I have said 65, to follow the Biden administration. Remember, we are not going to be sitting on 14,000 vaccines forever. This thing is going to get ratcheted up. This is the time to be preparing for when we get additional vaccines. The president of the United States says he wants to do a million doses a day for a hundred days. That is going to increase our supply significantly.

I thought the educators would be prioritized for reasons that are fully attached to the economy and other purposes. I also said they would not be stepping over the groups that have been established as a priority. So, to move up the teachers, where they were not in the second phase, or whatever it might be, just makes sense to me. But it should be done in a strategic way that anticipates additional supply, which is coming.

Is there anything else you would like to share with us?

I think it is just hard work and doing your best. That is the plan, and to make sure that we are in all 39 cities and towns. There is a great deal of skill and talent throughout the state. We want to make sure that we give every community the opportunity to grow their economy in a way that they want to see it grown.

I think the real challenge right now is to include all the networks that I developed in a way that they feel as though they are important. And I believe that everybody is important, and everybody can contribute to making it a better state. So that is our biggest challenge right now – to make sure everybody I have been networking with – we continue to do that. That is the intention – and to add more people to the mix to create the state we want to see. The economy is one of the lynchpins of making sure that we have a state that people can afford to live in.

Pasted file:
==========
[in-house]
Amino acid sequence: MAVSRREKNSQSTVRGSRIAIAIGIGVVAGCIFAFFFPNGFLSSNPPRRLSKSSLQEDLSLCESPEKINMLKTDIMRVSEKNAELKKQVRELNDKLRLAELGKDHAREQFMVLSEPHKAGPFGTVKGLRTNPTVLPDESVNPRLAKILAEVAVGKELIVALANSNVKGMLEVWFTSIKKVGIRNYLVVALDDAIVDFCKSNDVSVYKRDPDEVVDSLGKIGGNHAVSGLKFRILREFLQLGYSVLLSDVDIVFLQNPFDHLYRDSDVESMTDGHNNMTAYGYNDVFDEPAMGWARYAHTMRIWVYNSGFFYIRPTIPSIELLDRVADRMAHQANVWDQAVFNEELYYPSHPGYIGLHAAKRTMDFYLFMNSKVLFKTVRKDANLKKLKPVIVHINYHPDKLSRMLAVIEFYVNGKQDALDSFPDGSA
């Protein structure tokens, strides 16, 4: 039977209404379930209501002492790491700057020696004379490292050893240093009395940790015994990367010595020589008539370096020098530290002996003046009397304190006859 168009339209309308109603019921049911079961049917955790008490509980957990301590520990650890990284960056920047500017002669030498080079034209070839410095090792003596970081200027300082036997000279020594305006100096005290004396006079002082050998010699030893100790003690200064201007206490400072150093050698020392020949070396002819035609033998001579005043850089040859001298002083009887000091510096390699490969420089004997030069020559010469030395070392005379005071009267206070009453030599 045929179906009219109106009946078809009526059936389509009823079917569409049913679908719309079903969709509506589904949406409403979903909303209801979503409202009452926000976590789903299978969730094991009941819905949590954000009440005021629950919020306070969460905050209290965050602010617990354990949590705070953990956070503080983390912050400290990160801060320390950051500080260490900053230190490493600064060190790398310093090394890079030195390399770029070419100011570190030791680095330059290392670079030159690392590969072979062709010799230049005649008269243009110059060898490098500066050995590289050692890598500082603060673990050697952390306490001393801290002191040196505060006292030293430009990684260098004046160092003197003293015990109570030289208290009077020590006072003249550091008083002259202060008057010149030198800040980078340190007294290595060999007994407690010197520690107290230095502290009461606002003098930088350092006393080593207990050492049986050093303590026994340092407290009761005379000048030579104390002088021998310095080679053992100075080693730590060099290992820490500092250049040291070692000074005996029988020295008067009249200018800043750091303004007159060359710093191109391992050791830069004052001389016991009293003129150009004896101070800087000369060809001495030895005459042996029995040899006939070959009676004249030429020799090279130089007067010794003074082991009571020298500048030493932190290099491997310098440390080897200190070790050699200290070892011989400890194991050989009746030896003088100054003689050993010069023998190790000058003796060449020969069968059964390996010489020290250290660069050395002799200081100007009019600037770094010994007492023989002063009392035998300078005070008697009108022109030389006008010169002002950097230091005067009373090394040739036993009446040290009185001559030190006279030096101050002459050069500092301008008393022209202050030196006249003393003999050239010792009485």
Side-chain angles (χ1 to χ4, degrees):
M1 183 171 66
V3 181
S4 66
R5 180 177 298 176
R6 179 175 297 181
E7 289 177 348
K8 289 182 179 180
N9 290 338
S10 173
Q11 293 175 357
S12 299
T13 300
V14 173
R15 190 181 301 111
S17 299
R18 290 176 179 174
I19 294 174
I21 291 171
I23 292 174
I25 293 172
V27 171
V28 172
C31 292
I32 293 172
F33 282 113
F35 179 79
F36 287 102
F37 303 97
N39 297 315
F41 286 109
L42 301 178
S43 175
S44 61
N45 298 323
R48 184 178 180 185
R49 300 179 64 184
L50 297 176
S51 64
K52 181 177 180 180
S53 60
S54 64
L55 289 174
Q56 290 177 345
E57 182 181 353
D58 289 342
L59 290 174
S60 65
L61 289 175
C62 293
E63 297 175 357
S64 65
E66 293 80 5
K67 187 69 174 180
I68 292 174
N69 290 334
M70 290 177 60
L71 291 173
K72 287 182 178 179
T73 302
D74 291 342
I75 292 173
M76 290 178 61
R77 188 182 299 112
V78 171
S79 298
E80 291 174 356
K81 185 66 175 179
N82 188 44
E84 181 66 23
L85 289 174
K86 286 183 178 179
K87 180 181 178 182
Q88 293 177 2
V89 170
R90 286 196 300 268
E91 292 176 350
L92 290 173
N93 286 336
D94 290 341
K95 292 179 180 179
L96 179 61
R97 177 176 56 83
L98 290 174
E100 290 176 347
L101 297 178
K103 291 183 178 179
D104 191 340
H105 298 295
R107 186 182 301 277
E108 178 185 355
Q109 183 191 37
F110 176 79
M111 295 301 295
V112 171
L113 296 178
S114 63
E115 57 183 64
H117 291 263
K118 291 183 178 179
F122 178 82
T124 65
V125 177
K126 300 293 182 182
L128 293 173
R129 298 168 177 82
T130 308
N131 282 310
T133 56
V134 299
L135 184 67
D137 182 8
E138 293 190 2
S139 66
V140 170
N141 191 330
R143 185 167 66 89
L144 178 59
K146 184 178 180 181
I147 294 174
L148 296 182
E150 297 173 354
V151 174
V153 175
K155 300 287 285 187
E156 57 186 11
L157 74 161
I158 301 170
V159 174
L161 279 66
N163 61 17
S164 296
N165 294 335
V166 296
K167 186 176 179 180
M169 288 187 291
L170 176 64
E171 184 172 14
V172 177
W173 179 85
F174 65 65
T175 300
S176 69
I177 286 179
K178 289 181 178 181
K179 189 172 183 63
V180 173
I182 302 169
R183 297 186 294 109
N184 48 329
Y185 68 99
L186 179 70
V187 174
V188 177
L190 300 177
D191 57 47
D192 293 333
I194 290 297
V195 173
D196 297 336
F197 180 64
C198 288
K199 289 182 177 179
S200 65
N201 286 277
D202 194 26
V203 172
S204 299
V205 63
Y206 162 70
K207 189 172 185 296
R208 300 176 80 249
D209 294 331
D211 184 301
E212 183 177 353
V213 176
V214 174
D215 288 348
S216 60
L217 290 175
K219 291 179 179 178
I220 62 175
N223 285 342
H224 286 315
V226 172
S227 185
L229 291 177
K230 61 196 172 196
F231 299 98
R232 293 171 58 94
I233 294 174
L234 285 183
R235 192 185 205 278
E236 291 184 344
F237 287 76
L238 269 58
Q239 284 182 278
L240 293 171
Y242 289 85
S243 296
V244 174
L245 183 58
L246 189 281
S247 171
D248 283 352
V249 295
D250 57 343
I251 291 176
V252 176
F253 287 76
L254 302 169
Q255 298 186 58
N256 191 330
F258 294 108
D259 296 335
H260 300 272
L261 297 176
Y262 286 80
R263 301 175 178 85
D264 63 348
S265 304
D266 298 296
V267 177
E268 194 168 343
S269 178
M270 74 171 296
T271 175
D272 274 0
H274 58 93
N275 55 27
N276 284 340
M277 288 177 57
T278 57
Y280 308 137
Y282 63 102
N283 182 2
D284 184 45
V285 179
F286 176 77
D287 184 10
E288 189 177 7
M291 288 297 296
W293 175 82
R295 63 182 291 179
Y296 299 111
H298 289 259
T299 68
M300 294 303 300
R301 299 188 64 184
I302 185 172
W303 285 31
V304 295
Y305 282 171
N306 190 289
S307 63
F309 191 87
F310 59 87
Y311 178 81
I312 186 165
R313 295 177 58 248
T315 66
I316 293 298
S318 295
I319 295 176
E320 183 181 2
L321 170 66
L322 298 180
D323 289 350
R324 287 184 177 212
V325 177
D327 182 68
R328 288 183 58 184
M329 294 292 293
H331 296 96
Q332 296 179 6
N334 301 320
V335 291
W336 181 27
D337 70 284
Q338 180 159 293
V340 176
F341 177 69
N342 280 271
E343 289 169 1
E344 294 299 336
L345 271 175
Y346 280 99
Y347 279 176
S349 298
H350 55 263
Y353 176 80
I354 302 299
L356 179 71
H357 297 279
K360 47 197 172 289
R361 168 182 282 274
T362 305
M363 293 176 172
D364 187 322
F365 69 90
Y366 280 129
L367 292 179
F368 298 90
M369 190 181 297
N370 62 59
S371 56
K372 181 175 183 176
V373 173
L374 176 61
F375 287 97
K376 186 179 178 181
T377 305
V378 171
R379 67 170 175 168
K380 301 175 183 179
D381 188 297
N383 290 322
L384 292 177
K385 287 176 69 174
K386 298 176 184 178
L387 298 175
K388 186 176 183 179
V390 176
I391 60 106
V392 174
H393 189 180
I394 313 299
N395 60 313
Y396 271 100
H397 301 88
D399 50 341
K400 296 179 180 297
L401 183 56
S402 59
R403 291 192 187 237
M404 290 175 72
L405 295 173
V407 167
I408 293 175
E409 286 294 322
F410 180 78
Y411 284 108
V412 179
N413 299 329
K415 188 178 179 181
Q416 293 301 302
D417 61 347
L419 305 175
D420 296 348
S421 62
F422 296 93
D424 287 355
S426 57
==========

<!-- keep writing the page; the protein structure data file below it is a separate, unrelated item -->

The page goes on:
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  1. Not an exciting interview. On the economy, yes we have a beautiful state and tourism is big, but a more important need is to diversify our business base because as we have seen in the past and in this pandemic that over reliance on some sectors can really hurt.

    What the State needs is more expansive views of the state’s economy with the willingness to back that up with public investment where and when appropriate.

    McKee’s background, education and experiences make him a product of the Blackstone Valley, his higher ed credentials also are from the area. On the surface, he has parochial credentials, but while that in and of itself is not limiting, McKee has to prove pretty quickly that he is not just an “average Joe and has the vision and leadership skills to become a forward thinking and impactful Governor.